What if lack of a feminine hygiene solution kept you in your room for Days?
No school for Days. No income for Days.
Celeste Mergens, founded Days for Girls in 2008. Mergens had been searching for years to know how to reverse the cycle of poverty and hunger when she came upon the idea of providing hygiene kits for girls in developing countries. As she was preparing to visit an orphanage in Uganda, she prayed to know how to help feed the children there. She told God she was ready to do anything required of her. After an evening of tears and pleading, she went to bed. At 2:30 in the morning, she awoke to a question: Celeste, have you asked the girls what they are doing for feminine hygiene? “They need food and water,” Celeste said as she related her experience, “Imagine receiving the answer, ‘Have you asked about feminine hygiene?’” She sat stunned, as she realized that this revelation was an undeniable answer to her prayers. Later she would realize that this was not only an answer to her prayer, but an answer to the prayers of women all over the world who were searching for a way out.
As Celeste talked to the girls in the orphanage about their needs, they were anxious to tell her of the difficulties they experienced. They had no resources available to them, unless they were willing to exploit themselves. When Celeste set out to fight poverty, she could not have imagined that these kits would allow many women and girls to attend school, have their own businesses, and avoid isolation, infection, and exploitation, which in turn has allowed them to gain the skills necessary to support themselves and their families. For the recipients of these hygiene kits, this means ending poverty in a very real way.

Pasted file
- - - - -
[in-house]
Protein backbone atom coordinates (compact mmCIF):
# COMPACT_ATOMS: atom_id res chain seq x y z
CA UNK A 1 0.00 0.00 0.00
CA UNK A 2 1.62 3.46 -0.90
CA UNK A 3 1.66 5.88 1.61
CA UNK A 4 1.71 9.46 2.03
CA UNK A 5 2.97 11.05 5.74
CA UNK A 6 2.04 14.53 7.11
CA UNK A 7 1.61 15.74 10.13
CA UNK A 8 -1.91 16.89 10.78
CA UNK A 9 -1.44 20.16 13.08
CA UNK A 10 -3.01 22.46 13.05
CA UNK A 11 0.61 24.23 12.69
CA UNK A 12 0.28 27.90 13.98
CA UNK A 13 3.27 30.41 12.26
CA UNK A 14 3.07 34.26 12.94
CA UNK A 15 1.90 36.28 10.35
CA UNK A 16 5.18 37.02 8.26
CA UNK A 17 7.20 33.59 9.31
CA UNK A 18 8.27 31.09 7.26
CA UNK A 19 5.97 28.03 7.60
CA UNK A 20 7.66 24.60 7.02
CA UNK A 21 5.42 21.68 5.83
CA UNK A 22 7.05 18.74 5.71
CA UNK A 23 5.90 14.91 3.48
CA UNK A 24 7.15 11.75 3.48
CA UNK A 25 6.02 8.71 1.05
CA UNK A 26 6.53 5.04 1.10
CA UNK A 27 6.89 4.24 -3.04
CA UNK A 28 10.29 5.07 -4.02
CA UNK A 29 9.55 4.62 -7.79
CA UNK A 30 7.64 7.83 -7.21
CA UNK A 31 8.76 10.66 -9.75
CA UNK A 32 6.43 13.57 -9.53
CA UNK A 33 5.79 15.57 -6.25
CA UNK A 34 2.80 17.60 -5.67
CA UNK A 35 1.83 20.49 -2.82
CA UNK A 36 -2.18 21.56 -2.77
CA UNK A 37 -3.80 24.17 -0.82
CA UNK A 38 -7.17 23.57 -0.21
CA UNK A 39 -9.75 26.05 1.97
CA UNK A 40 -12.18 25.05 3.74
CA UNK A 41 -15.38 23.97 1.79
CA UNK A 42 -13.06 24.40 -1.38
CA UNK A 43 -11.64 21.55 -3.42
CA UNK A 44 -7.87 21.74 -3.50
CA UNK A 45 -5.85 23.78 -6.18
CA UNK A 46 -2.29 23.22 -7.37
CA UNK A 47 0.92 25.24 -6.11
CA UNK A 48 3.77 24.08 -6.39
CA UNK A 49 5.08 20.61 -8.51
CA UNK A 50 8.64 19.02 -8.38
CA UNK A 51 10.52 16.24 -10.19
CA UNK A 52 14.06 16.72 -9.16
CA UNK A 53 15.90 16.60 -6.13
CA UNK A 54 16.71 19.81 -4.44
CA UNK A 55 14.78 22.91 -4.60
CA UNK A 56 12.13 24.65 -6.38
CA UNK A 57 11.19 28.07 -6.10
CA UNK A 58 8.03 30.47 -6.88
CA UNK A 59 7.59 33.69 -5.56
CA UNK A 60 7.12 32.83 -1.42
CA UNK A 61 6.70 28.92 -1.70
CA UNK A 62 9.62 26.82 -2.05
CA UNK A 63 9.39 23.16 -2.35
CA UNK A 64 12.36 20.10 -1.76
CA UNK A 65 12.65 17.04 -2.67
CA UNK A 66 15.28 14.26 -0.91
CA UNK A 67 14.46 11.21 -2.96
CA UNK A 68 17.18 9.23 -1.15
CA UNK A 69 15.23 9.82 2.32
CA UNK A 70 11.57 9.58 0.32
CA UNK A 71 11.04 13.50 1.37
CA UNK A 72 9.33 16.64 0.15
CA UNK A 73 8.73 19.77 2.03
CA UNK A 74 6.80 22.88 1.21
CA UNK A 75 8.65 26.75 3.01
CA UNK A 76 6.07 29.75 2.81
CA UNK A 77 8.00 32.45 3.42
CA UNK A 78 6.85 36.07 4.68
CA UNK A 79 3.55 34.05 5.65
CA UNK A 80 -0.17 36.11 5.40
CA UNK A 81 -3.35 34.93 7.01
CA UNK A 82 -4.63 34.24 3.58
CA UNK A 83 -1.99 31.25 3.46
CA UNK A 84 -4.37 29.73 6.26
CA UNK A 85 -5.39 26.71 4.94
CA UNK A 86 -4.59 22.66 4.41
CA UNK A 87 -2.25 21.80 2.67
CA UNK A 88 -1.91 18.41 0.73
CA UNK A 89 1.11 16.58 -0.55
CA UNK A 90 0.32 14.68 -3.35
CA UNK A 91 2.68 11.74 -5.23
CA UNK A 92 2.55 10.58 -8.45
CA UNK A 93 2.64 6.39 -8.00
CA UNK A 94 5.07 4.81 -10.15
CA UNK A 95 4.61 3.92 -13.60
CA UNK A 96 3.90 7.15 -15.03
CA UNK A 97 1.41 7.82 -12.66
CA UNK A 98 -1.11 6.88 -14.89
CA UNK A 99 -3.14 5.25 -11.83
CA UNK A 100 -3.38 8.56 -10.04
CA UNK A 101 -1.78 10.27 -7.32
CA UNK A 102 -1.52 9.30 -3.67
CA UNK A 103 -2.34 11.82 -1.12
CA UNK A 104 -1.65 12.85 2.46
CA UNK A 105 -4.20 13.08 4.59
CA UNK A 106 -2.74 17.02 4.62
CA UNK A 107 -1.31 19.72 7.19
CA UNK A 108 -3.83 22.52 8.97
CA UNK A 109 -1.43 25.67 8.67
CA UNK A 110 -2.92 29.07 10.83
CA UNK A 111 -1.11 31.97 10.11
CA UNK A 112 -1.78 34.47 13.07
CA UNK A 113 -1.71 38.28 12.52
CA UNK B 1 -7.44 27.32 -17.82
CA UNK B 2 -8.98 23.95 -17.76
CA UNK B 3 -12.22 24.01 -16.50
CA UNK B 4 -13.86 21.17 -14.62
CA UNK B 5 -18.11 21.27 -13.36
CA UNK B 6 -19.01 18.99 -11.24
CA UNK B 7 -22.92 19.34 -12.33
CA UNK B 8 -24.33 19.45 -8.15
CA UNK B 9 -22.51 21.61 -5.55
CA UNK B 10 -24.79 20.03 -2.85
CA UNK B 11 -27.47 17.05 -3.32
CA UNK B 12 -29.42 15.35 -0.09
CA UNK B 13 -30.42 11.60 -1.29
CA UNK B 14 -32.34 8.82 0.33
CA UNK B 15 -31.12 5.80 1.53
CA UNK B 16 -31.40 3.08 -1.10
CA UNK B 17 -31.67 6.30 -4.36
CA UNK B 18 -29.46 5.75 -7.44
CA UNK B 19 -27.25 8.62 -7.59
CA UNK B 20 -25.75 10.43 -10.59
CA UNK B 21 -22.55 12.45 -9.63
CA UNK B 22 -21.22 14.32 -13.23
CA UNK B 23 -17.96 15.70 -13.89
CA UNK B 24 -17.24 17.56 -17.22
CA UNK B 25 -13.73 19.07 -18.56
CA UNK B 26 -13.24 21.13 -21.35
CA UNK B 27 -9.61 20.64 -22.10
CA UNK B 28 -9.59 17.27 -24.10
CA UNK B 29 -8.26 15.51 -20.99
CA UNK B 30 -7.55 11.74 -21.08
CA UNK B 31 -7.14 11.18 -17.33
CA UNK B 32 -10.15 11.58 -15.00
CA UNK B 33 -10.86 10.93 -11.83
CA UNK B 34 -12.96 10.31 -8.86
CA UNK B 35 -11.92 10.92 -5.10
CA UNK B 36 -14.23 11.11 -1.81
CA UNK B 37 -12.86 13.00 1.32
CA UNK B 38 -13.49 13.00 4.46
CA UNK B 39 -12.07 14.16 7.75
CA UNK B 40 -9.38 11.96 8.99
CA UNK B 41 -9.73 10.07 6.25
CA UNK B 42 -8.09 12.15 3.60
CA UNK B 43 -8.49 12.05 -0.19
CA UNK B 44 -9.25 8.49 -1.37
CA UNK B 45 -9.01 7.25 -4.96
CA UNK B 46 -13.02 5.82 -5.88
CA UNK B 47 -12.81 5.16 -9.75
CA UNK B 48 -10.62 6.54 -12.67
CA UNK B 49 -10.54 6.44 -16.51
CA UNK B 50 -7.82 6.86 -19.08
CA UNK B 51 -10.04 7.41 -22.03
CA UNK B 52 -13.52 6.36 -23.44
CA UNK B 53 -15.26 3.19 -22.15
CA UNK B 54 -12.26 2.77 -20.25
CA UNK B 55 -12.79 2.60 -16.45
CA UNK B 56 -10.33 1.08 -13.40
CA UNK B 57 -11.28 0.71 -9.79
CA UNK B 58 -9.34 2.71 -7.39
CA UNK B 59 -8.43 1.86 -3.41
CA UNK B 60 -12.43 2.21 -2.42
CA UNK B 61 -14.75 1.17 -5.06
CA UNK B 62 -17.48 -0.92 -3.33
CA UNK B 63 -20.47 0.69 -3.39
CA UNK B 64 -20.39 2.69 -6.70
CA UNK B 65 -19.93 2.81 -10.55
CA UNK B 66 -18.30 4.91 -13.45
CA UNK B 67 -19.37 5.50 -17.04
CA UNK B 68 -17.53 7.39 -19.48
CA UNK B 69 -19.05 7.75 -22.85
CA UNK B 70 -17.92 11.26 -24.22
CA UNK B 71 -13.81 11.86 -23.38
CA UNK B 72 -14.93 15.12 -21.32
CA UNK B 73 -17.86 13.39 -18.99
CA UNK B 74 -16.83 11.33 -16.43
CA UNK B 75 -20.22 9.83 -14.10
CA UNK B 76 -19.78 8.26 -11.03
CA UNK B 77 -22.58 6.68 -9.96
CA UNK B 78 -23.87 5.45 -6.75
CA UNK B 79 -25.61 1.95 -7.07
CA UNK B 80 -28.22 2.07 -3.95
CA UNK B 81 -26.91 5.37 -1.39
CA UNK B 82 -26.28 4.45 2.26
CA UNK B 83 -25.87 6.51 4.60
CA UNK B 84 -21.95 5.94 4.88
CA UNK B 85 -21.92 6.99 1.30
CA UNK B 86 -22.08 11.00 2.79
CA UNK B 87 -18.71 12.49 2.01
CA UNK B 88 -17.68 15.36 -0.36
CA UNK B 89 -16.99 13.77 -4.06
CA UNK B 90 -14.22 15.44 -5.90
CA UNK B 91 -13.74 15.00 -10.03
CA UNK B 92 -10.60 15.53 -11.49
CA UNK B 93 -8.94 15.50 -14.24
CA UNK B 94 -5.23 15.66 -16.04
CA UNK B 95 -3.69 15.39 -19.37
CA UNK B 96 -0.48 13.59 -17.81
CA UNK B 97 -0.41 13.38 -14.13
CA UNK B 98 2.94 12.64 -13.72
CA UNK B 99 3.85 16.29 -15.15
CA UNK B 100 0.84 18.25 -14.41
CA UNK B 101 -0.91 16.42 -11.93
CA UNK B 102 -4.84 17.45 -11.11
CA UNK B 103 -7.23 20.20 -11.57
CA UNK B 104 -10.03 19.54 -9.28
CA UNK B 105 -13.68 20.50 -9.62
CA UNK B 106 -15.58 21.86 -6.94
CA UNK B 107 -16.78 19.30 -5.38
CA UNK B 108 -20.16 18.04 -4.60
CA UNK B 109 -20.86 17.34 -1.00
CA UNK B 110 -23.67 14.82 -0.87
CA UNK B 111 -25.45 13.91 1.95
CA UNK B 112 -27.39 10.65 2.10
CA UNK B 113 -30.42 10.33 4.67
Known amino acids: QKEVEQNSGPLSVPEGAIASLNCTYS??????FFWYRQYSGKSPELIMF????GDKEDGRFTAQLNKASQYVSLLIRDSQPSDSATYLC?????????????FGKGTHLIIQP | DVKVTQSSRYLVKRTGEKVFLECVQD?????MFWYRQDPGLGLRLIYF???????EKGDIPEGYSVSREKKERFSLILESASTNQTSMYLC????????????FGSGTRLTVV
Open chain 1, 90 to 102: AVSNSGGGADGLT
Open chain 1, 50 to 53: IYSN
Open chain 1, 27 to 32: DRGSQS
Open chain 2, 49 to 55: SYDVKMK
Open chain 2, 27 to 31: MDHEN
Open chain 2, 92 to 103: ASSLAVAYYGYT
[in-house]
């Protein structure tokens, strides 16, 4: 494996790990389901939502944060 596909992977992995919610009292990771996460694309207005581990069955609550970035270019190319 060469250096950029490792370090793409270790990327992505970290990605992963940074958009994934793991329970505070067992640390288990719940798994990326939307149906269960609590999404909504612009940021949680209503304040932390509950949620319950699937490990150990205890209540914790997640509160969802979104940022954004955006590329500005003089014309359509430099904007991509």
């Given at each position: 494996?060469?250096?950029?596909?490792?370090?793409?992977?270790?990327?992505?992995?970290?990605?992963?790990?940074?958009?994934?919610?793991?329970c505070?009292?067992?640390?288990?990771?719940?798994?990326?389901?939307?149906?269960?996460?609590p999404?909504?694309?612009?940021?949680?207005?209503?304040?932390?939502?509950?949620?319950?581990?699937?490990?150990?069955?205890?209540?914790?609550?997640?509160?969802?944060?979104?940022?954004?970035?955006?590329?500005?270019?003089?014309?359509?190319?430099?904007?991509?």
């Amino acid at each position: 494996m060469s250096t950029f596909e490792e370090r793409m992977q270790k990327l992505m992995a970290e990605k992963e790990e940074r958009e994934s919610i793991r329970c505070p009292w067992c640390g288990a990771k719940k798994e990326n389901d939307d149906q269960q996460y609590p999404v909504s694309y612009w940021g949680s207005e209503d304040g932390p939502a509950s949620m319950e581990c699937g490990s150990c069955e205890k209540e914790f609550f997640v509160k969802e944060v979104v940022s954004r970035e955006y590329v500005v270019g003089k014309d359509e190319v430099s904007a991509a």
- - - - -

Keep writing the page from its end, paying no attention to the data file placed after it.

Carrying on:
Along with hygiene kits, the girls receive education about their bodies and are trained how to make their own kits and educate others in their communities. It is an empowering experience for all who are involved. Opportunities for service have grown exponentially since Celeste’s prompting.
As Days for Girls has grown, chapters have opened across the country. The Utah Valley Chapter is the most active Days for Girls chapter in the world. They will be celebrating their one-year anniversary this November and have assembled over 7,000 kits in 11 months through a series of events held each week.
All Together Enterprises (OsoCozy/Cloth Diaper.Com) became affiliated with the Utah Valley Chapter of Days for Girls when they started donating scrap PUL to their cause. PUL provides a moisture proof/leak proof lining in each shield.
When Dennis Frederick, Owner of All Together Enterprises found out they were buying PUL at retail prices, he utilized his purchasing power to purchase on their behalf 100 yard rolls of PUL, cutting their cost by 40-50% enabling them to do more with their limited funding. “This is one of the neatest projects we have been affiliated with,” commented Dennis. “Empowering women is the key to economic development and the reduction of poverty in Africa. Days for Girls is providing a truly meaningful gift for these young women.”
Thanks to a global grassroots network of thousands of volunteers and supporters, Days for Girls have reached women and girls in 75 countries on 6 continents.
It’s working. You can help them reach the rest. http://daysforgirls.org
The kits consist of:
1 Drawstring Bag (Poly-cotton & twill tape)
2 Moisture Barrier Shields (Flannel & PUL)
2 One-Gallon size Ziplock Bags
8 Absorbent tri-fold pads (Flannel)
1 Pair of Panties
1 Travel sized Soap
1 Visual Instruction Sheet